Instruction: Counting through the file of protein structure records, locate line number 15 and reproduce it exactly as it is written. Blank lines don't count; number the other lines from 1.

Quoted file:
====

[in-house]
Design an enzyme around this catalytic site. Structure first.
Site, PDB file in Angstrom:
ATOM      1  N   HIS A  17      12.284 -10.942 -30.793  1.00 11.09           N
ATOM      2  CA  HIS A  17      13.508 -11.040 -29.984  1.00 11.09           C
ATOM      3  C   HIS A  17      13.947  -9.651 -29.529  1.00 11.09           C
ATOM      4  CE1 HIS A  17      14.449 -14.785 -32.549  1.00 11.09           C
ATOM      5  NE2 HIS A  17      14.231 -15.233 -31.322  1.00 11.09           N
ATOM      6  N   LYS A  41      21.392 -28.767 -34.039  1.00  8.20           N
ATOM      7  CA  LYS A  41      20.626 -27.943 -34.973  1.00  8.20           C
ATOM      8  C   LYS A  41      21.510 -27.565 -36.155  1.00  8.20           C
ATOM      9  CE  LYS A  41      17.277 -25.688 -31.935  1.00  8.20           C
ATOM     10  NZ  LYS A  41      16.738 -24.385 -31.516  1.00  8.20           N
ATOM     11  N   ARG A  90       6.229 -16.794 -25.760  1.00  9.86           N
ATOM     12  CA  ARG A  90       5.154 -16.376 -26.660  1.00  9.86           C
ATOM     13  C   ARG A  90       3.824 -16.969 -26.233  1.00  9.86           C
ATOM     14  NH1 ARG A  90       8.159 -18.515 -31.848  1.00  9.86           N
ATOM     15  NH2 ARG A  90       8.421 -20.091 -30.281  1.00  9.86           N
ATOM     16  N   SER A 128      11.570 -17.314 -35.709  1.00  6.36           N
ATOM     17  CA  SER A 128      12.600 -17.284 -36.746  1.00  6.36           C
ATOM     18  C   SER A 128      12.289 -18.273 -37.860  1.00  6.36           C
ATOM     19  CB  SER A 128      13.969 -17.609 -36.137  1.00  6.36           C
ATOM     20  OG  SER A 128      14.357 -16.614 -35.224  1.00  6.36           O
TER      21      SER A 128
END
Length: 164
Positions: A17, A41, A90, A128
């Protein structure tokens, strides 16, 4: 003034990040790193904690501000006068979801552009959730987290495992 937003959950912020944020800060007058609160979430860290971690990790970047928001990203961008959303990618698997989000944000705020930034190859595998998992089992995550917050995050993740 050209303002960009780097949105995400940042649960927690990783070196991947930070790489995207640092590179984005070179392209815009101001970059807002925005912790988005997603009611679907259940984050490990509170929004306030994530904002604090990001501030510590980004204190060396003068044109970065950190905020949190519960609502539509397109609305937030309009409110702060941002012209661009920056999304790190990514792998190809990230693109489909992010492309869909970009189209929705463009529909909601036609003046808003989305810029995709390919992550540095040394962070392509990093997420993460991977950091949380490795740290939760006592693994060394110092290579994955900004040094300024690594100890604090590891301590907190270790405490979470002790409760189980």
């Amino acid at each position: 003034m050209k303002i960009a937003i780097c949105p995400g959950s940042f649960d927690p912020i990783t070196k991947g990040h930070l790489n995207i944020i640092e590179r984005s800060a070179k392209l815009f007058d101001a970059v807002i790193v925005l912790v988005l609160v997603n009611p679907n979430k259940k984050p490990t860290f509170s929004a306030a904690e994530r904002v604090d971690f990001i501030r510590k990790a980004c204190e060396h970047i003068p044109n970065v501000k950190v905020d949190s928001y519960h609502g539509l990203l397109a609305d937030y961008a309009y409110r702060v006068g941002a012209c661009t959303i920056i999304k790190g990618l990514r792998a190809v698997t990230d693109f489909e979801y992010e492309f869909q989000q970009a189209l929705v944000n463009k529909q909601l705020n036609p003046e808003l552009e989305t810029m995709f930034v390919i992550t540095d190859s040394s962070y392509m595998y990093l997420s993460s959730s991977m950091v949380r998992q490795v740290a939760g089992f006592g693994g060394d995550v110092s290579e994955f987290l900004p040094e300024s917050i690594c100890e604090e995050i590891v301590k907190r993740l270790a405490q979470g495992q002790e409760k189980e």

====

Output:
ATOM     12  CA  ARG A  90       5.154 -16.376 -26.660  1.00  9.86           C